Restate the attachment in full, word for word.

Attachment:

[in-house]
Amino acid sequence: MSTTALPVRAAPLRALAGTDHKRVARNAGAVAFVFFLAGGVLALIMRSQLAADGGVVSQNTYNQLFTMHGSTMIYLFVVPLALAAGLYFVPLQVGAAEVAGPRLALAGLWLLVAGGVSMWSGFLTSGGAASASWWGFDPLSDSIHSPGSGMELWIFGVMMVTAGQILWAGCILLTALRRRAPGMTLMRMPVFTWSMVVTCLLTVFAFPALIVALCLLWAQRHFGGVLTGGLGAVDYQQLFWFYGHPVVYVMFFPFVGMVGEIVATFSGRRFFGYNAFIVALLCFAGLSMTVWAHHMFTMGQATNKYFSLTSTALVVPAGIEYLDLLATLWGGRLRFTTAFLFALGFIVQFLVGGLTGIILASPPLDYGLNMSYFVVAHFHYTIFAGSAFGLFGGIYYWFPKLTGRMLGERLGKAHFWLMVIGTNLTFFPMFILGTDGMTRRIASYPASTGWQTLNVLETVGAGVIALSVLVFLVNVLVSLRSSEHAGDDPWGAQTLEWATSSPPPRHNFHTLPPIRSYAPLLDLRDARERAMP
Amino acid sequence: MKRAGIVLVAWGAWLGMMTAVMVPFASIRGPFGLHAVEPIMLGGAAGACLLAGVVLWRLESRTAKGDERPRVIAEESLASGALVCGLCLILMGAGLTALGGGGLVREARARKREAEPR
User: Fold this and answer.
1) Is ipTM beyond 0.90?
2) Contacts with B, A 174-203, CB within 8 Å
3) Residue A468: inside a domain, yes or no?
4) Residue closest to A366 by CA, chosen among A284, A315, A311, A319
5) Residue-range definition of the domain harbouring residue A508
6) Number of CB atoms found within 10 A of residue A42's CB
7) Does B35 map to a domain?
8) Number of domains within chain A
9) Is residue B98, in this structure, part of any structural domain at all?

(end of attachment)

[in-house]
Amino acid sequence: MSTTALPVRAAPLRALAGTDHKRVARNAGAVAFVFFLAGGVLALIMRSQLAADGGVVSQNTYNQLFTMHGSTMIYLFVVPLALAAGLYFVPLQVGAAEVAGPRLALAGLWLLVAGGVSMWSGFLTSGGAASASWWGFDPLSDSIHSPGSGMELWIFGVMMVTAGQILWAGCILLTALRRRAPGMTLMRMPVFTWSMVVTCLLTVFAFPALIVALCLLWAQRHFGGVLTGGLGAVDYQQLFWFYGHPVVYVMFFPFVGMVGEIVATFSGRRFFGYNAFIVALLCFAGLSMTVWAHHMFTMGQATNKYFSLTSTALVVPAGIEYLDLLATLWGGRLRFTTAFLFALGFIVQFLVGGLTGIILASPPLDYGLNMSYFVVAHFHYTIFAGSAFGLFGGIYYWFPKLTGRMLGERLGKAHFWLMVIGTNLTFFPMFILGTDGMTRRIASYPASTGWQTLNVLETVGAGVIALSVLVFLVNVLVSLRSSEHAGDDPWGAQTLEWATSSPPPRHNFHTLPPIRSYAPLLDLRDARERAMP
Amino acid sequence: MKRAGIVLVAWGAWLGMMTAVMVPFASIRGPFGLHAVEPIMLGGAAGACLLAGVVLWRLESRTAKGDERPRVIAEESLASGALVCGLCLILMGAGLTALGGGGLVREARARKREAEPR
User: Fold this and answer.
1) Is ipTM beyond 0.90?
2) Contacts with B, A 174-203, CB within 8 Å
3) Residue A468: inside a domain, yes or no?
4) Residue closest to A366 by CA, chosen among A284, A315, A311, A319
5) Residue-range definition of the domain harbouring residue A508
6) Number of CB atoms found within 10 A of residue A42's CB
7) Does B35 map to a domain?
8) Number of domains within chain A
9) Is residue B98, in this structure, part of any structural domain at all?